Windows automation isn’t anything new, in fact, people have been automating processes in Windows for years. There are literally hundreds, even thousands of Windows-based tasks that we do each day. Wouldn’t it be great if some happened on their own?
Before you read any further, understand I am not talking about automating simple tasks like system reboots, opening programs, defragmenting your hard drive and so on because many of these tasks can be scheduled using the Windows Task Scheduler. In this post, I am referring to more robust and complicated tasks, which are specific to your business, many of which can be placed on autopilot with Macro Scheduler by MJT.NET.
Macro Scheduler is a solid investment for small businesses running Windows-based computers and/or servers. With the program, you can create an unlimited number of automation scripts from the user interface that will save you and other employees hours over the course of a month, year and so on.
While there is a little bit of a learning curve to be able to use the software effectively, you are not required to know how to write any code and the software includes an easy to use interface with detailed instructions for just about every process.
Here is a real life example of one way I use Macro Scheduler on a daily basis.
Goal – Run a report from a web-based application after normal business hours and email the results to a specific employee.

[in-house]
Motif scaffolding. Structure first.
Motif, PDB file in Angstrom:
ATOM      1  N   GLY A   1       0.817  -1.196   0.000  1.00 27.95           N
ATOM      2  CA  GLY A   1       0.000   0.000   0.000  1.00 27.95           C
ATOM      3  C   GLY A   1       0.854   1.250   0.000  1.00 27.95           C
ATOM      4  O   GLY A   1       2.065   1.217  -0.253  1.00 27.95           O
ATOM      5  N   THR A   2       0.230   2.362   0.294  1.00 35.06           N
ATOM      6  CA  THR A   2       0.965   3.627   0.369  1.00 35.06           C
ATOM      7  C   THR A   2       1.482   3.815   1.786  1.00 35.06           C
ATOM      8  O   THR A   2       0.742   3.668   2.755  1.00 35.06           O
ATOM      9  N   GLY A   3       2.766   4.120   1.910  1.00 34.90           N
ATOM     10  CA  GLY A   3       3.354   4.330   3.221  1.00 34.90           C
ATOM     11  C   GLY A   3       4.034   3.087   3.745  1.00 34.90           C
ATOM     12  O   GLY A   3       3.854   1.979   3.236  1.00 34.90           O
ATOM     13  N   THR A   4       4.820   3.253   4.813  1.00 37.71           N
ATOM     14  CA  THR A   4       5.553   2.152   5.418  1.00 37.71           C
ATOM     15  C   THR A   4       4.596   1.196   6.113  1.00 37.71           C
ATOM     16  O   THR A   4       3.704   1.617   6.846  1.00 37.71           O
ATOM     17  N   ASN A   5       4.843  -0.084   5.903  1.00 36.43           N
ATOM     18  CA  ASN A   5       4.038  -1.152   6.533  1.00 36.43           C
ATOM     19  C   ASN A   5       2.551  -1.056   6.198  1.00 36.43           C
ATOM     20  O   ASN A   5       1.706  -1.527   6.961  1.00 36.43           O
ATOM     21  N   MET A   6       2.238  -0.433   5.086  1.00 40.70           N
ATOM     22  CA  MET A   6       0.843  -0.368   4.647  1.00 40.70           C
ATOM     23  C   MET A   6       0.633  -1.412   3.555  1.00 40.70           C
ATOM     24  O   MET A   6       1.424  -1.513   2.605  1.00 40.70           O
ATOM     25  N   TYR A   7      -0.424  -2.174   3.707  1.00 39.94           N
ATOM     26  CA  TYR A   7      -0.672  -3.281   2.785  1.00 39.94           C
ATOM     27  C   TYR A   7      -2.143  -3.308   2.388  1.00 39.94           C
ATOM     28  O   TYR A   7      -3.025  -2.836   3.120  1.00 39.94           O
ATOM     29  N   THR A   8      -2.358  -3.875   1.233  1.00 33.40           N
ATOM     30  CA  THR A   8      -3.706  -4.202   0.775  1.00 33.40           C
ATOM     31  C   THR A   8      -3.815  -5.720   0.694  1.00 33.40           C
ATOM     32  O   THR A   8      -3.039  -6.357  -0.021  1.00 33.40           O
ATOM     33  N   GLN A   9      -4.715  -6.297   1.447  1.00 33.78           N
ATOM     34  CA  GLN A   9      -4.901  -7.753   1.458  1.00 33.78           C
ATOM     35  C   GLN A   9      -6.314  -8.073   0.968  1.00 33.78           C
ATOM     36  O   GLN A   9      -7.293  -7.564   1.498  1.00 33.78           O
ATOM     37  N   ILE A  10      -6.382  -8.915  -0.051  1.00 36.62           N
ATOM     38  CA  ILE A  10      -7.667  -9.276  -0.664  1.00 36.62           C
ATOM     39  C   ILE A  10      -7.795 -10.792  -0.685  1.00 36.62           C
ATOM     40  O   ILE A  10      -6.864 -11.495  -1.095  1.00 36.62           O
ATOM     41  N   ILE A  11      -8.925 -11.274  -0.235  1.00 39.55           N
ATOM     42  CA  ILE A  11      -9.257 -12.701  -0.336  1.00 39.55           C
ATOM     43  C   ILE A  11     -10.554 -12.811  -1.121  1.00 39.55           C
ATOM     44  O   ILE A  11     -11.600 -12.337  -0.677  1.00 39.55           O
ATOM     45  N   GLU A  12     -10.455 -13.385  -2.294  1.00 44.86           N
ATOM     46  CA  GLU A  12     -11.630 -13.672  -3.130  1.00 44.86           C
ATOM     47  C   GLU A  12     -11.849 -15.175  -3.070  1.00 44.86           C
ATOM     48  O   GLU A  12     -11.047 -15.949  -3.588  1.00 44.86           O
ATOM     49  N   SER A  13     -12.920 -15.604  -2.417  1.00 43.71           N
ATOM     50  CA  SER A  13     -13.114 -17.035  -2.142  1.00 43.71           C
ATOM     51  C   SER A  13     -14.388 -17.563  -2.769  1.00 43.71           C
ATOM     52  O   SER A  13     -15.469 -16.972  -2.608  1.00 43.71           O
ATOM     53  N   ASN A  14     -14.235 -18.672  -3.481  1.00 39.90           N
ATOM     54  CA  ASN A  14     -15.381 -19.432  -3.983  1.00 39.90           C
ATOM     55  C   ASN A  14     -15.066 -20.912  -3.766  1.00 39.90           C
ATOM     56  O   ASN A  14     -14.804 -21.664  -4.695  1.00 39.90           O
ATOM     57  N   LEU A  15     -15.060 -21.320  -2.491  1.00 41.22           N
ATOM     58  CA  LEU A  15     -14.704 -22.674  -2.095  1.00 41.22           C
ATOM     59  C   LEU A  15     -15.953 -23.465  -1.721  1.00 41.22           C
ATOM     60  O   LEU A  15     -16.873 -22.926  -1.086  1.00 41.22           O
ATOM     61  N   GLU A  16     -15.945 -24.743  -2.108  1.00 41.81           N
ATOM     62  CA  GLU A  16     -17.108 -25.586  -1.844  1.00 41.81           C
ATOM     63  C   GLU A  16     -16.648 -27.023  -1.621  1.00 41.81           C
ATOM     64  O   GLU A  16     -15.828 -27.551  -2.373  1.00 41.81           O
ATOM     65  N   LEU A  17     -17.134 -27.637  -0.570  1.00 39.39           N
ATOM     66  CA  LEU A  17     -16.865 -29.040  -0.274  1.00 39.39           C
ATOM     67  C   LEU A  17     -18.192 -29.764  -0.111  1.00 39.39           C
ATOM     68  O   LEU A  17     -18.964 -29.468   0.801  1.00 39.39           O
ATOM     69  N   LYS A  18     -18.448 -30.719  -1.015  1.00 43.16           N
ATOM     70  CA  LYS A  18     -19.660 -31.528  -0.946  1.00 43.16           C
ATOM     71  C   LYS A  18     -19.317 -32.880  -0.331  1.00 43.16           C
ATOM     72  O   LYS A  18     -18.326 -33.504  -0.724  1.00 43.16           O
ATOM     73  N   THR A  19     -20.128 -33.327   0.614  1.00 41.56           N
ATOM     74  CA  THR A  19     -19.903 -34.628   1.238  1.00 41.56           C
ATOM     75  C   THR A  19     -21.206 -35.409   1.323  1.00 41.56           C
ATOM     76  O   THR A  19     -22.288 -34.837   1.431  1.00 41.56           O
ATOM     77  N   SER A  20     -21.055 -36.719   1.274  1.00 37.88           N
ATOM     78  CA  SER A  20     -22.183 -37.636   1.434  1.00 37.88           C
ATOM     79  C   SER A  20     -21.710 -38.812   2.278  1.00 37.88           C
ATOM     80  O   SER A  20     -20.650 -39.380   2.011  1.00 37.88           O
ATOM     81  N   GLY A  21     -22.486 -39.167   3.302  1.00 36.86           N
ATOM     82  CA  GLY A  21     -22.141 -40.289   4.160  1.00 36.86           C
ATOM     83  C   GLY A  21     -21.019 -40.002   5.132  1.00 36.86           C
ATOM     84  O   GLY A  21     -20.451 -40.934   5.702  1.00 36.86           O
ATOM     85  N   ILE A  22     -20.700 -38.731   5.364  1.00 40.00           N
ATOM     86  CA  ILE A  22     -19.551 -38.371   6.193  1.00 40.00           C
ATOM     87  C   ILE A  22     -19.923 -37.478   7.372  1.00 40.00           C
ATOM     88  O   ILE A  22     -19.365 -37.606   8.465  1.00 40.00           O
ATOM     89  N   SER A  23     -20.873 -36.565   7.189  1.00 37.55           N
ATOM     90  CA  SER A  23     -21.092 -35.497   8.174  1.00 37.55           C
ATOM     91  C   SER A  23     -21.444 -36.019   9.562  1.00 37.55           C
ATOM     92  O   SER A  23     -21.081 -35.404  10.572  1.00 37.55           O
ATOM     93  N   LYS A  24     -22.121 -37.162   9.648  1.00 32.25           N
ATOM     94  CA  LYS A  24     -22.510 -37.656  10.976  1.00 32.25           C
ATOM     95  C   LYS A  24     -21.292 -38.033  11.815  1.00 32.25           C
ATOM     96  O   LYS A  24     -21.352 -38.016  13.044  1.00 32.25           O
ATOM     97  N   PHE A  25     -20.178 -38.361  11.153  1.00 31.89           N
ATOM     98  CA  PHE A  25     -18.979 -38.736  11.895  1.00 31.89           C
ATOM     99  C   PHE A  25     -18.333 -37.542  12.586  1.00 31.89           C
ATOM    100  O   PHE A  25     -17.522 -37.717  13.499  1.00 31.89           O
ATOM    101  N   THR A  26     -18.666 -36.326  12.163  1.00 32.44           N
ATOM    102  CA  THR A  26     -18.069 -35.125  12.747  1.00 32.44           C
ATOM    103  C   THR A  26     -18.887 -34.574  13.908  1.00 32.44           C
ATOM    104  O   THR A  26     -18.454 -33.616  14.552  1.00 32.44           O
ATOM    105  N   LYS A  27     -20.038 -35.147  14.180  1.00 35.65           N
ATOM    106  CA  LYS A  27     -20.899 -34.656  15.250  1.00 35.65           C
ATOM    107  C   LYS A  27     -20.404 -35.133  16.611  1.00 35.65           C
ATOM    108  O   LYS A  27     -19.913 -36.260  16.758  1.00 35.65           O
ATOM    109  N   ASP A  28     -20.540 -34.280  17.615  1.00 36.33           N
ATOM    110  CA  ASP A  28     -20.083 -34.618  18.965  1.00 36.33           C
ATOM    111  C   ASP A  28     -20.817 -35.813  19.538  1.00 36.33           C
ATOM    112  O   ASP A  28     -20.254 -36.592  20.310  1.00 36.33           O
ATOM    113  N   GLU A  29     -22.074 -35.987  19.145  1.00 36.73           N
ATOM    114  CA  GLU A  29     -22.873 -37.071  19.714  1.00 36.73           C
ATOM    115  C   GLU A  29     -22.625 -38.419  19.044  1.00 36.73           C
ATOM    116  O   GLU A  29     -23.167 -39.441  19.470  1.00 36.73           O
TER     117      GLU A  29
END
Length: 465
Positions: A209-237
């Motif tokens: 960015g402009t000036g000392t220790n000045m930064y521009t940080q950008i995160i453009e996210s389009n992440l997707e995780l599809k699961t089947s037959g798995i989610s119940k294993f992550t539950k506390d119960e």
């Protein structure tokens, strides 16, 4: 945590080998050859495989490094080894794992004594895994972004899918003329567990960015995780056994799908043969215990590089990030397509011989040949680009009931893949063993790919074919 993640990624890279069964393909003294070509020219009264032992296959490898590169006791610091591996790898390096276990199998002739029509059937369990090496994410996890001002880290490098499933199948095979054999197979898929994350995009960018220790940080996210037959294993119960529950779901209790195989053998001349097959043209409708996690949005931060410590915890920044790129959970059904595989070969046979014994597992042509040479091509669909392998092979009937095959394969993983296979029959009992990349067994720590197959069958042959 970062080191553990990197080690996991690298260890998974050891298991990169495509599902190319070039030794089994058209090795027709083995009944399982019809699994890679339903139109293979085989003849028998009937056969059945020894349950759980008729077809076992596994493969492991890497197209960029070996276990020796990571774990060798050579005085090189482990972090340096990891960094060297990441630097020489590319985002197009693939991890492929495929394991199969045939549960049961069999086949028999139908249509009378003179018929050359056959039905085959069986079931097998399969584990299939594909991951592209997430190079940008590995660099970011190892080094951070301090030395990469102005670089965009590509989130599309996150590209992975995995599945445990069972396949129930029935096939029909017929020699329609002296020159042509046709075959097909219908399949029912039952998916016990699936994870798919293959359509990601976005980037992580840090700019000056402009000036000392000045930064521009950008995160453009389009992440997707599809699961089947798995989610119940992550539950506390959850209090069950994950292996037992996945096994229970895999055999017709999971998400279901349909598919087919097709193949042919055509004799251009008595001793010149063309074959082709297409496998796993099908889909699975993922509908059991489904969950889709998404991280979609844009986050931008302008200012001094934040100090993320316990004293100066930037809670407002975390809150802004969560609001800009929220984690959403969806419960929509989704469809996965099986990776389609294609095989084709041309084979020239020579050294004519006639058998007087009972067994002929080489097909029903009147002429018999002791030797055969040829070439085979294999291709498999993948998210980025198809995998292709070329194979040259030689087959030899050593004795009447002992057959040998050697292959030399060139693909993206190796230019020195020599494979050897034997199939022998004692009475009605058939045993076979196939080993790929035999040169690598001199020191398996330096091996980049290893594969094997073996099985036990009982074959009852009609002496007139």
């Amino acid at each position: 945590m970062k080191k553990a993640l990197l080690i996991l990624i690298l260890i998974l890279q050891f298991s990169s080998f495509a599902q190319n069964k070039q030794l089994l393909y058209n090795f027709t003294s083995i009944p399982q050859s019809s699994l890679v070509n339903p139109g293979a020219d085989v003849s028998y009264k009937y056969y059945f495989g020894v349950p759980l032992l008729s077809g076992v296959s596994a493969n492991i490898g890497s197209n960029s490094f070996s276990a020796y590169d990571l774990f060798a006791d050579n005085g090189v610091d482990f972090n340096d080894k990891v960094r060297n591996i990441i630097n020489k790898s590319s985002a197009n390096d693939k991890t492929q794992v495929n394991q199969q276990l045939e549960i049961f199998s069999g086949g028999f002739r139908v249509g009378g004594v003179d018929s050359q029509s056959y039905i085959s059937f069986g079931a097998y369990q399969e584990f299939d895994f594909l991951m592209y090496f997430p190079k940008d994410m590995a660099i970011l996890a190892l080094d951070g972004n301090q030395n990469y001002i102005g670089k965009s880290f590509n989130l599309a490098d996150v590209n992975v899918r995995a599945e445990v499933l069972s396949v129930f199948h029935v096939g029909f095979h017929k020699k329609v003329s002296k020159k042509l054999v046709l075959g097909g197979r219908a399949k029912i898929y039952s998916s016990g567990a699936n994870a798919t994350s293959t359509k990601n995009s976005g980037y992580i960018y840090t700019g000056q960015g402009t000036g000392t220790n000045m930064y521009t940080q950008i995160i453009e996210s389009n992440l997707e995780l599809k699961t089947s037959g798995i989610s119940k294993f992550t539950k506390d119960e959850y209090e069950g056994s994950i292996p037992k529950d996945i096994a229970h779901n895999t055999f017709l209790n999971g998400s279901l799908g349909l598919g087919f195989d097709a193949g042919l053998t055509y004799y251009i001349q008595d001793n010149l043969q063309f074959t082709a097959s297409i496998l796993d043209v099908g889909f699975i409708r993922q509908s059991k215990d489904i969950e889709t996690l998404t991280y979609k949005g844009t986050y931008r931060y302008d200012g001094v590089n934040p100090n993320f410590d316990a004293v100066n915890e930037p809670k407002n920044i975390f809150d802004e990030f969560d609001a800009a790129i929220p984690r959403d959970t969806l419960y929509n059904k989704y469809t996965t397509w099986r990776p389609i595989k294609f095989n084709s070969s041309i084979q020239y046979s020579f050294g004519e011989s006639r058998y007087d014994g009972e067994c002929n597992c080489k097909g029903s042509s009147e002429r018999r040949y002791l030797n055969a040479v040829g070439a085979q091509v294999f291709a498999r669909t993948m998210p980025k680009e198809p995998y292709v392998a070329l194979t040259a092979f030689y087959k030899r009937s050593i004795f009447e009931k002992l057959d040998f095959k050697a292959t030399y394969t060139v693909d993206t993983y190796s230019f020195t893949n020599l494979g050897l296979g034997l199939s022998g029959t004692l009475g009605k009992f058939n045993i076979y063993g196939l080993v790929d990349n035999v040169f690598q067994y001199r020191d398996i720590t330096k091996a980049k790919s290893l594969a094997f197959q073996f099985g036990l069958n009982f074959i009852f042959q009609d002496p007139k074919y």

- Sign in to a web-based app at a specific time
- Navigate through the app menus and functions to run a specific report
- Upon completion of running the report, save it to a folder on our local network
- Access the network folder with the new report file
- Email the file to a specific person
- Delete the report from the network after the email is sent
- Close all open windows; and
- Log each step of the script in case the process fails
All together this process takes me about 4 minutes to complete manually. That’s not a huge amount of savings but it does add up over time. More importantly, now I don’t have to log in from home to send the report before our evening deadline because it runs automatically. Oh, and if it happens to fail I have logs and alerts set up that tell me why and when the process failed.
Some of the main features may or may not appeal to you depending on your level of familiarity with this sort of automation solution but here they are in a nutshell:
- Record your keyboard and mouse actions
- Open, close, resize and move windows and objects
- Build macros specific to Internet Explorer and other web applications
- Capture text on screen to trigger specific functions
- Check if files exist in a directory on the network
- Schedule scripts to run at a specific time on certain days
- Email files to specific people
- Open and close Windows programs
- Make edits in Word, Excel etc.
- Record macros eliminating manual creation of tasks
- And more…
The standard version of Macro Scheduler is available for $245 for business use. That’s a one-time fee unless you need to upgrade after the first 12 months. In most cases, I’ve found this version to have more than enough automation power for my needs.
If you are on the fence about whether the software will meet your needs leave a comment below explaining your process and we’ll respond accordingly.
Either way, I highly recommend testing out the free trial, which can be downloaded here. I’ve been using Macro Scheduler for three years now and consider it a must-have when it comes to windows process automation.